Germany has been cited as the nation where elderly care is been taken very seriously than rest of the world.

Workers in Germany pay a "Pflegeversicherung" (care insurance) to cover the cost of long-term care and care for the elderly. Everyone covered by state national insurance has such coverage, while people with private health insurance also have to take coverage for old-age care.

Fact is that in Germany people get retire very late because of that the ageing population in Germany is on high from the rest of the world.

According to Daily Bild reports the data from the German Pension Insurance Federation showed that in the past year, the average retirement age had risen both for men and women in Germany.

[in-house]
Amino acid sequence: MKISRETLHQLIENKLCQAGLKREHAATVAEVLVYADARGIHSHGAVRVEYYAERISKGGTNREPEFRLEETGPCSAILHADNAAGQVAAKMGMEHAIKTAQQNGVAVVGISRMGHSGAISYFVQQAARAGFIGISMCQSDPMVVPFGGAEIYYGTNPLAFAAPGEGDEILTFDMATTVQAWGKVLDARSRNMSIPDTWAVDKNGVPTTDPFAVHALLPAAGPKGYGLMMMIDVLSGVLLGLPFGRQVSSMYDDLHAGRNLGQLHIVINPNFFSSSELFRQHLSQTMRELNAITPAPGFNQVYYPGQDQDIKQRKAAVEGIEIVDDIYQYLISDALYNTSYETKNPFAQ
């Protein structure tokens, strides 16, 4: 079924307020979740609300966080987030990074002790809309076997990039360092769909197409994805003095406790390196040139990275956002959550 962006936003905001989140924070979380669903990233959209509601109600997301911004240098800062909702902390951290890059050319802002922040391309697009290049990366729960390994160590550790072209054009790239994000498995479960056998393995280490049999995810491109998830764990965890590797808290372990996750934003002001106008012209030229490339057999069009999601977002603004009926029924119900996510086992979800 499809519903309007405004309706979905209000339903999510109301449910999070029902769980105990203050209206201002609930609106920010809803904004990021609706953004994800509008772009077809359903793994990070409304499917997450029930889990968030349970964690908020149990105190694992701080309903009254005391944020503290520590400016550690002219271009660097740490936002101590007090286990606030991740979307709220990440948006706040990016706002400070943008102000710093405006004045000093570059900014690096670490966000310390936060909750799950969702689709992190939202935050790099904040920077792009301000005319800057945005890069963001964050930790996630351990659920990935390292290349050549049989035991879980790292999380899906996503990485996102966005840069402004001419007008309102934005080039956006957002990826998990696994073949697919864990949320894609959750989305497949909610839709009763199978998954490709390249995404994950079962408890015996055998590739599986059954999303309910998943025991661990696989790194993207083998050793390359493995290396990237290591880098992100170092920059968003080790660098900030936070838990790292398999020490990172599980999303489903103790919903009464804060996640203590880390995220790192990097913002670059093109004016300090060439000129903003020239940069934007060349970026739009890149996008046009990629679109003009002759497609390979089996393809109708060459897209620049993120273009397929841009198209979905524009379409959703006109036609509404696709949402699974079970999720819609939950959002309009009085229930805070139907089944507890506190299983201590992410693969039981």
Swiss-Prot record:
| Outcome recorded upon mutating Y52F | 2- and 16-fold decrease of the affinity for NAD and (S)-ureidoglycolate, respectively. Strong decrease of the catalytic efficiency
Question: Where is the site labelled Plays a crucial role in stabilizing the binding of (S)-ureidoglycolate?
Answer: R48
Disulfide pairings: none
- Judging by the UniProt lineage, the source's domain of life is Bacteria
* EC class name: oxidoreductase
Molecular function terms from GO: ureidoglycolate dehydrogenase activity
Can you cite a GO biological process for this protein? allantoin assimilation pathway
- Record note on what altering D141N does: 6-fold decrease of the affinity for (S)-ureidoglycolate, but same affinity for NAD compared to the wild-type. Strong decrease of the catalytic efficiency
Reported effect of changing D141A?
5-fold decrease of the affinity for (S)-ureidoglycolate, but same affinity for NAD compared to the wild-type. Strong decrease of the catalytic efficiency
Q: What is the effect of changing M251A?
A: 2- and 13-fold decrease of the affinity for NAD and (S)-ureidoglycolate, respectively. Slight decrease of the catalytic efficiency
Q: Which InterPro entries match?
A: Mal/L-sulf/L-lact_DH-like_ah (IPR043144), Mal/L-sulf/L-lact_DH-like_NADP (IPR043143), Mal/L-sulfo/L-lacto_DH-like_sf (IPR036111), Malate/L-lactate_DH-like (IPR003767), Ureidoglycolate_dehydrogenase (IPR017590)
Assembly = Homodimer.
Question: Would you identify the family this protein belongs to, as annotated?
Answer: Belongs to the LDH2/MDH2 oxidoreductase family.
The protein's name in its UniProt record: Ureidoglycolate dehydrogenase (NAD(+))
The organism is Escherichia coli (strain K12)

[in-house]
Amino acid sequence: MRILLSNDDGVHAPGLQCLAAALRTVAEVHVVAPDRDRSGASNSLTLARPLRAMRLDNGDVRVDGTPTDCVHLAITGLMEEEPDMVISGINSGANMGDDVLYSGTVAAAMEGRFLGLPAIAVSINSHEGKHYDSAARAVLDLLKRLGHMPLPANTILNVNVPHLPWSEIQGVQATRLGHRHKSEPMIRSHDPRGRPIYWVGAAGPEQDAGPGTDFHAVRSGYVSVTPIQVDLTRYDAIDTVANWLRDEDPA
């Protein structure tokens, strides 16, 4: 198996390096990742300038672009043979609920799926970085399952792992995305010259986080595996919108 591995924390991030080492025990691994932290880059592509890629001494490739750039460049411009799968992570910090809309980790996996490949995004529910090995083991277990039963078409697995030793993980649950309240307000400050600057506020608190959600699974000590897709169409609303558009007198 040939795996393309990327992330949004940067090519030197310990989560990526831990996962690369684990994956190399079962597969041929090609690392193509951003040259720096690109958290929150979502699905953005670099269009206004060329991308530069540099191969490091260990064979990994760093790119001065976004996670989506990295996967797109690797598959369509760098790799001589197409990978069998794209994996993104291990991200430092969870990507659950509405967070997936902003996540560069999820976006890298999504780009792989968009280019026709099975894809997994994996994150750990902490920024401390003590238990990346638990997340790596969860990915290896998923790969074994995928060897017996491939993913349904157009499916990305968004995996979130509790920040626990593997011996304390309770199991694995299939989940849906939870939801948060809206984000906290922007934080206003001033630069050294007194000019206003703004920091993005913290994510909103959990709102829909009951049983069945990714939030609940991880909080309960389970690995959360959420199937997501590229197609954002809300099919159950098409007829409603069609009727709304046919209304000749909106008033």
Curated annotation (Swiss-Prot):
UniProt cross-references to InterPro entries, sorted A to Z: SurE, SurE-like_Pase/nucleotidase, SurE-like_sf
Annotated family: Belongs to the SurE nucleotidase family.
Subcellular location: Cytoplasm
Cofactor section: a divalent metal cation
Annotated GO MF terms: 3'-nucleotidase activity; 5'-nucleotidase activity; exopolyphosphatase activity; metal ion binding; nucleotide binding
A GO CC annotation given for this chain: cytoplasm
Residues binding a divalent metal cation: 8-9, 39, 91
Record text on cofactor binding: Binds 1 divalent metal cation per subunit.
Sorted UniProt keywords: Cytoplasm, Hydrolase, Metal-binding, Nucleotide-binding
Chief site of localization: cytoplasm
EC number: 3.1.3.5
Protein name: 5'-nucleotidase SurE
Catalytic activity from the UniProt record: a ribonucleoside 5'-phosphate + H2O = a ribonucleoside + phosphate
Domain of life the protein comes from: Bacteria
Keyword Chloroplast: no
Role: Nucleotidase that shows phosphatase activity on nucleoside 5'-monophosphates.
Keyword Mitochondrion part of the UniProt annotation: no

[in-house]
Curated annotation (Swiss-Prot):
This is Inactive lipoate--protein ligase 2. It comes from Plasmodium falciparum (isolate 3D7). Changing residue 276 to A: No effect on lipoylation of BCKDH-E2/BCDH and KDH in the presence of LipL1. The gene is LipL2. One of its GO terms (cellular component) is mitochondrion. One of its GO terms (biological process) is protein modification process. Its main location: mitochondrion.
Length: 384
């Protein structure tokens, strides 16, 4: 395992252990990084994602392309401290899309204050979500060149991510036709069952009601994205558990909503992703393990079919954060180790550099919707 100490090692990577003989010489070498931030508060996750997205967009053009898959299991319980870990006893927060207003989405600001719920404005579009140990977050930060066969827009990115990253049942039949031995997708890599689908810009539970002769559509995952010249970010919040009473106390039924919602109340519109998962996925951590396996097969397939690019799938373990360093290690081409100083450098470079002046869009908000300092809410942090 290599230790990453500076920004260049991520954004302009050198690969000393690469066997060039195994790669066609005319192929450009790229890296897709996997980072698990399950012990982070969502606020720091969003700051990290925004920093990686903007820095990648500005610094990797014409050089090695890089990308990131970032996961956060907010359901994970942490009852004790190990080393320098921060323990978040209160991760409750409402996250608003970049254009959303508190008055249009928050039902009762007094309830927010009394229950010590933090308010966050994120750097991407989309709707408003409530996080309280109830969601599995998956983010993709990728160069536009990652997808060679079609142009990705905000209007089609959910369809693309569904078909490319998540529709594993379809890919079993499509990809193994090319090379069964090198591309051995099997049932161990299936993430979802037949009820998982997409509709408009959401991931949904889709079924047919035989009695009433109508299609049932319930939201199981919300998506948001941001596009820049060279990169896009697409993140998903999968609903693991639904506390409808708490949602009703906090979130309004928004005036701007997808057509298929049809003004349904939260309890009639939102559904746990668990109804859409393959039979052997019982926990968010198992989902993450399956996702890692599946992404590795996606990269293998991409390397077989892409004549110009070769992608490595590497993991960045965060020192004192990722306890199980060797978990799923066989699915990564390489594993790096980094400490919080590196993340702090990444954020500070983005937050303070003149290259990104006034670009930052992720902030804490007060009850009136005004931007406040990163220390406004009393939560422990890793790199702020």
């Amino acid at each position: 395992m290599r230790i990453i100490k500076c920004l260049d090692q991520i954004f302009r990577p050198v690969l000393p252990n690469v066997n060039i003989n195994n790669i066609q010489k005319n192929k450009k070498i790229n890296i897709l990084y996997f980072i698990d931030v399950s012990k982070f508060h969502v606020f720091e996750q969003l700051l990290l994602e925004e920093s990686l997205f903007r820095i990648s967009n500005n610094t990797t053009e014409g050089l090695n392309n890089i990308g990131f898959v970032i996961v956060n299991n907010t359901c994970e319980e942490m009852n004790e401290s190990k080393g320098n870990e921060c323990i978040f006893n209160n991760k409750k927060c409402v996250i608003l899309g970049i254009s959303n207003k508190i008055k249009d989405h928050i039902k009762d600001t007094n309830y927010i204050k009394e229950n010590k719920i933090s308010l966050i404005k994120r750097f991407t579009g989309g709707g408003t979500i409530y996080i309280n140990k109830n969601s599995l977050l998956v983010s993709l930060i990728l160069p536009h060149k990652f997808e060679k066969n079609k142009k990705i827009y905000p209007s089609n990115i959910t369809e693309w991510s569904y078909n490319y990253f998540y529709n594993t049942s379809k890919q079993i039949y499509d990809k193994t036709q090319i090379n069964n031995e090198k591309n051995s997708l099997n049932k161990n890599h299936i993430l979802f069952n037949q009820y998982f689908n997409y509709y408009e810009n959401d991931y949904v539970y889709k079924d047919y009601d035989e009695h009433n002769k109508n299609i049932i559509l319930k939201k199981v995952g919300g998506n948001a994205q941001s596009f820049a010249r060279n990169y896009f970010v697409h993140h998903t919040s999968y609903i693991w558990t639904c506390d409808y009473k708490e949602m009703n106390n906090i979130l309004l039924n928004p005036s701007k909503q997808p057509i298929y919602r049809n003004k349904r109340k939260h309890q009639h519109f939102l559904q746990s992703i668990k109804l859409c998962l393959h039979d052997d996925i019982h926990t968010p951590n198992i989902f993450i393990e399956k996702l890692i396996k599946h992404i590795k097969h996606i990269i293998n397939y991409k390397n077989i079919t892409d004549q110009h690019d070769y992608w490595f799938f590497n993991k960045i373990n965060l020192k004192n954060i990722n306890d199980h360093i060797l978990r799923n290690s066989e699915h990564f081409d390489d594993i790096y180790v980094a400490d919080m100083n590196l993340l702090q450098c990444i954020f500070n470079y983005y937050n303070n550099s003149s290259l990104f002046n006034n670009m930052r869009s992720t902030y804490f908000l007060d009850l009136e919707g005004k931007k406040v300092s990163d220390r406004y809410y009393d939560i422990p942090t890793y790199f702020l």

In the past year, the average age for men rose from 63.5 to 63.8 years old, while for women the age climbed from 62.9 to 63.3. These were the oldest average ages

While the increases seem slight, taken across the economy they provide a much-needed shot in the arm to the workforce, which experts say faces a demographic crisis amid low birthrates and an ageing population.

Germans in the former West German states worked longer on average than those from the former East. Western men worked until 63.9 and women until 63.6. In the East, the average man retired at 62.9 and the average woman at 61.6.

Disability retirement ages have also risen. For men, the age is now 50.9, the oldest since 2002. For women, it is 49.8, the highest age since 2001.

It's been an anxiety that Europe's largest economy might suffer in coming years out of this ageing population.